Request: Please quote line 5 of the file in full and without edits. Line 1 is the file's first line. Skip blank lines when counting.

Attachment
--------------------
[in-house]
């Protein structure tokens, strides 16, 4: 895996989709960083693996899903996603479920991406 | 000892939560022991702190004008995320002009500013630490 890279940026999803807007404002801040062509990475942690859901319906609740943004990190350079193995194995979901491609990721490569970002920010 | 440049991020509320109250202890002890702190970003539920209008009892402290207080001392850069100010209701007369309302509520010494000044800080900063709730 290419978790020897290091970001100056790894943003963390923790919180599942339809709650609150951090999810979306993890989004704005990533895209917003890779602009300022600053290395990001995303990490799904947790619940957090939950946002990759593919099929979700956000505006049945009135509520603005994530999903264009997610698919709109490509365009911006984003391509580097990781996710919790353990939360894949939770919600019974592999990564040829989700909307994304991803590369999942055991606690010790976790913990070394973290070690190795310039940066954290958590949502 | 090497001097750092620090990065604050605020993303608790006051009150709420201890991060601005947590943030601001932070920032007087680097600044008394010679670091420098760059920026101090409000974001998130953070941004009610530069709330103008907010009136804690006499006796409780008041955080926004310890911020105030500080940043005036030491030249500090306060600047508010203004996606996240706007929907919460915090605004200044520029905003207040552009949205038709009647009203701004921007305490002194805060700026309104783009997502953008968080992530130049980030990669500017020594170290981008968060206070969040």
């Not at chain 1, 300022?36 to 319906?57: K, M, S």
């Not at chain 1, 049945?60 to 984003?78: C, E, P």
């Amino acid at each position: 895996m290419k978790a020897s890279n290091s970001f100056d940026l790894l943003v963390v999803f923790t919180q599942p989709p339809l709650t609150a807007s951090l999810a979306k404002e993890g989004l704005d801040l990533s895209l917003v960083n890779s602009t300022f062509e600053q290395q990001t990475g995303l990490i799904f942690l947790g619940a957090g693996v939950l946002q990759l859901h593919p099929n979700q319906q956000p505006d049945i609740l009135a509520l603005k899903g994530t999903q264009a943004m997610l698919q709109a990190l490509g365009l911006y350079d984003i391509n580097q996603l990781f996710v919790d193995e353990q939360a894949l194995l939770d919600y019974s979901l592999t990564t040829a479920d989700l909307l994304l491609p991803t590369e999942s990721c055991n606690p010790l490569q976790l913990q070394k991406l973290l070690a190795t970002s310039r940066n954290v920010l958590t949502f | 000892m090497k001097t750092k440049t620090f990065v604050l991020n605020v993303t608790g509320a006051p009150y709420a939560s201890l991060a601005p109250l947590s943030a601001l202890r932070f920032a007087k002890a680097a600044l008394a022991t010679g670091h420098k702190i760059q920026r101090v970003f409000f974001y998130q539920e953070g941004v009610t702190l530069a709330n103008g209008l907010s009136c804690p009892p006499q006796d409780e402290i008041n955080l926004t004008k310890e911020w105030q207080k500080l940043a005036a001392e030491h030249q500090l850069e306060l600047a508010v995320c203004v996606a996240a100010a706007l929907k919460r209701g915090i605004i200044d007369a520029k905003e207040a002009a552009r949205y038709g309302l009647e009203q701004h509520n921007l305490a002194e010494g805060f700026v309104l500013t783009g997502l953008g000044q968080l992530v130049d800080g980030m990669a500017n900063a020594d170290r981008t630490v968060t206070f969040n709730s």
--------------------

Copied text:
């Amino acid at each position: 895996m290419k978790a020897s890279n290091s970001f100056d940026l790894l943003v963390v999803f923790t919180q599942p989709p339809l709650t609150a807007s951090l999810a979306k404002e993890g989004l704005d801040l990533s895209l917003v960083n890779s602009t300022f062509e600053q290395q990001t990475g995303l990490i799904f942690l947790g619940a957090g693996v939950l946002q990759l859901h593919p099929n979700q319906q956000p505006d049945i609740l009135a509520l603005k899903g994530t999903q264009a943004m997610l698919q709109a990190l490509g365009l911006y350079d984003i391509n580097q996603l990781f996710v919790d193995e353990q939360a894949l194995l939770d919600y019974s979901l592999t990564t040829a479920d989700l909307l994304l491609p991803t590369e999942s990721c055991n606690p010790l490569q976790l913990q070394k991406l973290l070690a190795t970002s310039r940066n954290v920010l958590t949502f | 000892m090497k001097t750092k440049t620090f990065v604050l991020n605020v993303t608790g509320a006051p009150y709420a939560s201890l991060a601005p109250l947590s943030a601001l202890r932070f920032a007087k002890a680097a600044l008394a022991t010679g670091h420098k702190i760059q920026r101090v970003f409000f974001y998130q539920e953070g941004v009610t702190l530069a709330n103008g209008l907010s009136c804690p009892p006499q006796d409780e402290i008041n955080l926004t004008k310890e911020w105030q207080k500080l940043a005036a001392e030491h030249q500090l850069e306060l600047a508010v995320c203004v996606a996240a100010a706007l929907k919460r209701g915090i605004i200044d007369a520029k905003e207040a002009a552009r949205y038709g309302l009647e009203q701004h509520n921007l305490a002194e010494g805060f700026v309104l500013t783009g997502l953008g000044q968080l992530v130049d800080g980030m990669a500017n900063a020594d170290r981008t630490v968060t206070f969040n709730s």